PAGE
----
Bob Diamond's resignation is a victory for Ed Miliband

Once again, the Labour leader set the political pace.

Bob Diamond's resignation, announced this morning by Barclays, is a significant victory for Ed Miliband. Alone among senior politicians, the Labour leader called for the Barclays chief executive to resign the day after the Libor scandal broke (a call he repeated yesterday), with David Cameron merely stating that he had "serious questions to answer".

"It is not for prime ministers to hire and fire bank chiefs," said Cameron. "He has to make himself accountable to his shareholders and this House. He has some serious questions to answer." As in the case of the phone hacking-scandal (when he called for Rebekah Brooks's resignation and the abandonment of the BSkyB bid) and Stephen Hester's bonus, Miliband set the political pace. Even Vince Cable, who might have been expected to call for Diamond's resignation, suggested that it was up to Barclays shareholders to remove him. But in his resignation statement, it was "external pressure" (Miliband, in other words) that Diamond blamed.

One indicator of how seriously the Barclays boss took the Labour leader's opinion is that he called him last Thursday in an attempt to give his "side of the story" (as Miliband put it). Miliband was initially unsure whether to call for Diamond to go, preferring to focus on the sins of the banking system, rather than one individual, but he eventually resolved that Barclays needed new leadership. At this point, Diamond probably knew that his time was up.

Update: Miliband has responded to Diamond's resignation, stating that it was "necessary and right", while repeating his call for a juidical inquiry into the banks. Here's the statement in full:

This was necessary and right.

It was clear Bob Diamond was not the man to lead the change that Barclays needed.

But this is about more than one man.

This is about the culture and practices of the entire banking system which is why we need an independent, open, judge-led, public inquiry.

Bob Diamond resigned as chief executive of Barclays this morning. Photograph: Getty Images.

George Eaton is political editor of the New Statesman.

Photo: Getty
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Jeremy Corbyn sat down on train he claimed was full, Virgin says

The train company has pushed back against a viral video starring the Labour leader, in which he sat on the floor.

Seats were available on the train where Jeremy Corbyn was filmed sitting on the floor, Virgin Trains has said.

On 16 August, a freelance film-maker who has been following the Labour leader released a video which showed Corbyn talking about the problems of overcrowded trains.

“This is a problem that many passengers face every day, commuters and long-distance travellers. Today this train is completely ram-packed,” he said. Is it fair that I should upgrade my ticket whilst others who might not be able to afford such a luxury should have to sit on the floor? It’s their money I would be spending after all.”

Commentators quickly pointed out that he would not have been able to claim for a first-class upgrade, as expenses rules only permit standard-class travel. Also, campaign expenses cannot be claimed back from the taxpayer.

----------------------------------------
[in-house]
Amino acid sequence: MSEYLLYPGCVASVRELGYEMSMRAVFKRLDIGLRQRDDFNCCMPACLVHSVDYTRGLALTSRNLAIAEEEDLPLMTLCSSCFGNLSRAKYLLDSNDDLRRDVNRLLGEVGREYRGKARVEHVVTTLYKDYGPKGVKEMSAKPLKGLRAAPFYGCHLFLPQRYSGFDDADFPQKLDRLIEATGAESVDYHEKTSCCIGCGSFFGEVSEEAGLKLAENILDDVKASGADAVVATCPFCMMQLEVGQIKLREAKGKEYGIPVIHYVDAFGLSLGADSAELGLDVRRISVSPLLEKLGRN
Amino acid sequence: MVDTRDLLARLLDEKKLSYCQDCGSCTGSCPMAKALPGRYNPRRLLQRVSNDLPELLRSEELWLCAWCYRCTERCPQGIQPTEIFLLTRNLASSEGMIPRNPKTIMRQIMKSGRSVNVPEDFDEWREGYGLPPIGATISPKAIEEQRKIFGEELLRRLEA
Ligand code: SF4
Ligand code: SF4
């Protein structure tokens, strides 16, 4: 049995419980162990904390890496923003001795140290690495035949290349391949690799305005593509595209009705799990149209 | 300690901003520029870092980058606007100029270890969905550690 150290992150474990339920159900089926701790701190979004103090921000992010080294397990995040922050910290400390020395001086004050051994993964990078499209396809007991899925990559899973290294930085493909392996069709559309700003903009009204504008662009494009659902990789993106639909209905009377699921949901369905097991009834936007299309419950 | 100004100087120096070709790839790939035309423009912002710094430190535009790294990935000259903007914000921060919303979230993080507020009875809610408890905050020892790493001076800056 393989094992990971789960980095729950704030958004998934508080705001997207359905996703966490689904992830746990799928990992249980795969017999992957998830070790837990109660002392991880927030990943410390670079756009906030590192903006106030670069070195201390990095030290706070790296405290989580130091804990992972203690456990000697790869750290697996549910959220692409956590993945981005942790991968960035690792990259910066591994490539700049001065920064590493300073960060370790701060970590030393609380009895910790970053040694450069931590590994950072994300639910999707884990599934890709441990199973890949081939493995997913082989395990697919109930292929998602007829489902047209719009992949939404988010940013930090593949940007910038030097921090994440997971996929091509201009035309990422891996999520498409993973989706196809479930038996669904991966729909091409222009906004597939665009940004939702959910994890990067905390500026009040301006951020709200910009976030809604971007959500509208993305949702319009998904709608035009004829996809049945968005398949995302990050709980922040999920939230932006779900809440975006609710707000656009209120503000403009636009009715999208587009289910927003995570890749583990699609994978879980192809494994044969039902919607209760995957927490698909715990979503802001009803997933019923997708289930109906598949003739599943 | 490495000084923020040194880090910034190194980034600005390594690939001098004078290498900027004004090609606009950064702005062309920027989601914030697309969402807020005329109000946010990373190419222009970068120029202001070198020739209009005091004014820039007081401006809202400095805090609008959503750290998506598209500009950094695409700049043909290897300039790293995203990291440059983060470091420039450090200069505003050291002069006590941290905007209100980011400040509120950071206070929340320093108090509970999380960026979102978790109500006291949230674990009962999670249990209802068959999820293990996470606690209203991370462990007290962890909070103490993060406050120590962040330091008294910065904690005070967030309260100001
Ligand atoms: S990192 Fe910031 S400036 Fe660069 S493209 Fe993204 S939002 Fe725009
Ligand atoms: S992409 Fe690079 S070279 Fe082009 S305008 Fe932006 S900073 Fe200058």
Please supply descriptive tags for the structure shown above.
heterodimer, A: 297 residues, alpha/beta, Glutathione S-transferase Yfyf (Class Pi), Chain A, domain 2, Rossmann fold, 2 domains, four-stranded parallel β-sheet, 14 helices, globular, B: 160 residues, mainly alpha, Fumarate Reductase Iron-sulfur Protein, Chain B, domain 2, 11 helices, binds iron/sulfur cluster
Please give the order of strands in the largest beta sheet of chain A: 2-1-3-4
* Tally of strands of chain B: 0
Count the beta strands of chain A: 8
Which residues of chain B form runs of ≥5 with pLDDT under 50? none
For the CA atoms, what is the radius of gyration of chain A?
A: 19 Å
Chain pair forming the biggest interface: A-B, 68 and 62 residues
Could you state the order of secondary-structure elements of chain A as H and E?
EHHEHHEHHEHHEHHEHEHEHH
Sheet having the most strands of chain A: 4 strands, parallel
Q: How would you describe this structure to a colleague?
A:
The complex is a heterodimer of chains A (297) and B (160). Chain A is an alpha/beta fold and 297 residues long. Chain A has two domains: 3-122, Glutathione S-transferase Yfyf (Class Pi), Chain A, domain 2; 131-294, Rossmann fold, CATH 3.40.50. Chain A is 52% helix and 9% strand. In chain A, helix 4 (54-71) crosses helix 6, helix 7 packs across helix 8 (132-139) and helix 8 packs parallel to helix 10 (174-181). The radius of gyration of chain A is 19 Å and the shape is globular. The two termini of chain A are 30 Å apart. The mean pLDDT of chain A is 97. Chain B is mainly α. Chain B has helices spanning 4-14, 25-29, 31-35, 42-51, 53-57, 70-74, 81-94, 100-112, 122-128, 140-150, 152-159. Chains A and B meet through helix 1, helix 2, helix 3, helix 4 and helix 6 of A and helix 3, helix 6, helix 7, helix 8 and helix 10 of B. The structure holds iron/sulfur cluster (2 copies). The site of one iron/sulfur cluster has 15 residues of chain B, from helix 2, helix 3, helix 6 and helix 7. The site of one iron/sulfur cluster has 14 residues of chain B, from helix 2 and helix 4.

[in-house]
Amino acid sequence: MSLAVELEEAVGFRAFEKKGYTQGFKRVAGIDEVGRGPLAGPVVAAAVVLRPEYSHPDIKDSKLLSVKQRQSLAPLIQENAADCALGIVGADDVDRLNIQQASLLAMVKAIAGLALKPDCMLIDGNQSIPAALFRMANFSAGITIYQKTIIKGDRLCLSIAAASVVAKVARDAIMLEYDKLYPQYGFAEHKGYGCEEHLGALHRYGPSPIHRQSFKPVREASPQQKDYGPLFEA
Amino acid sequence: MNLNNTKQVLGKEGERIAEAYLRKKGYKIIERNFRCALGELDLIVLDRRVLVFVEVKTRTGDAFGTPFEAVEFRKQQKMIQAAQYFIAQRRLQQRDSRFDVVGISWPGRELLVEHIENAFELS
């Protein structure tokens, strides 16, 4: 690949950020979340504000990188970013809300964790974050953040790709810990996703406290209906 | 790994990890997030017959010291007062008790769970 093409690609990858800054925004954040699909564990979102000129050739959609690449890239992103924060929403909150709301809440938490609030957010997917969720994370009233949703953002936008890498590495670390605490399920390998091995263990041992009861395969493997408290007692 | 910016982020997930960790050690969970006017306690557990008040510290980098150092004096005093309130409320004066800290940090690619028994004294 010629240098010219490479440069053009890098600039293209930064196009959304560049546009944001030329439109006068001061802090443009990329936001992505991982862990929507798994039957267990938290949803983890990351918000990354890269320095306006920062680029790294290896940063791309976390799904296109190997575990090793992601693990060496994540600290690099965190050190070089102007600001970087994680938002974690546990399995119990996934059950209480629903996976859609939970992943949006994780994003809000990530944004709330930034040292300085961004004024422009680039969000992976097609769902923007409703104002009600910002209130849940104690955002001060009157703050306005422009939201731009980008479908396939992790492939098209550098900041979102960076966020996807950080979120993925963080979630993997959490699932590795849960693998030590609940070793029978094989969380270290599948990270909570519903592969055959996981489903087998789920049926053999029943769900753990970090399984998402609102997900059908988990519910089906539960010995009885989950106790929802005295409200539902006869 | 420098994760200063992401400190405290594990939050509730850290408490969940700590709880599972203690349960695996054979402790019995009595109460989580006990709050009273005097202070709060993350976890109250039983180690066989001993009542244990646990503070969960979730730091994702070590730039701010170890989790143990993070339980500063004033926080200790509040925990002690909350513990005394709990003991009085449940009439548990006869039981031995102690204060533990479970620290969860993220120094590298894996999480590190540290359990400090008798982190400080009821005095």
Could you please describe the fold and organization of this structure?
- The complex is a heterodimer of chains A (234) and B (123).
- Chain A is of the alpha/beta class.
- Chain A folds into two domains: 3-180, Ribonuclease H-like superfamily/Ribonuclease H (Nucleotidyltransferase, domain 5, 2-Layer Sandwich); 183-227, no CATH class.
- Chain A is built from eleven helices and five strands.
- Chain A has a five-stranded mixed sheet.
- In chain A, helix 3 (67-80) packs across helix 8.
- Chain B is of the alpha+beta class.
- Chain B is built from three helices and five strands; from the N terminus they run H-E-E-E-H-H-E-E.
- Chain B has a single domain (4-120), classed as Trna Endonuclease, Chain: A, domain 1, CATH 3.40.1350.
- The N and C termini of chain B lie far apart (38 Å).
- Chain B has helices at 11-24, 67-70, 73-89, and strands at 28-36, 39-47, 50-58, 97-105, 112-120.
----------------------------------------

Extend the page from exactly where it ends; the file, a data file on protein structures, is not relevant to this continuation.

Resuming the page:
Today, Virgin Trains released footage of the Labour leader walking past empty unreserved seats to film his video, which took half an hour, before walking back to take another unreserved seat.

"CCTV footage taken from the train on August 11 shows Mr Corbyn and his team walked past empty, unreserved seats in coach H before walking through the rest of the train to the far end, where his team sat on the floor and started filming.

"The same footage then shows Mr Corbyn returning to coach H and taking a seat there, with the help of the onboard crew, around 45 minutes into the journey and over two hours before the train reached Newcastle.

"Mr Corbyn’s team carried out their filming around 30 minutes into the journey. There were also additional empty seats on the train (the 11am departure from King’s Cross) which appear from CCTV to have been reserved but not taken, so they were also available for other passengers to sit on."

A Virgin spokesperson commented: “We have to take issue with the idea that Mr Corbyn wasn’t able to be seated on the service, as this clearly wasn’t the case.

A spokesman for the Corbyn campaign told BuzzFeed News that the footage was a “lie”, and that Corbyn had given up his seat for a woman to take his place, and that “other people” had also sat in the aisles.

Owen Smith, Corbyn's leadership rival, tried a joke:

But a passenger on the train supported Corbyn's version of events.

Both Virgin Trains and the Corbyn campaign have been contacted for further comment.

UPDATE 17:07

A spokesperson for the Jeremy for Labour campaign commented:

“When Jeremy boarded the train he was unable to find unreserved seats, so he sat with other passengers in the corridor who were also unable to find a seat. 

"Later in the journey, seats became available after a family were upgraded to first class, and Jeremy and the team he was travelling with were offered the seats by a very helpful member of staff.

"Passengers across Britain will have been in similar situations on overcrowded, expensive trains. That is why our policy to bring the trains back into public ownership, as part of a plan to rebuild and transform Britain, is so popular with passengers and rail workers.”

A few testimonies from passengers who had their photos taken with Corbyn on the floor can be found here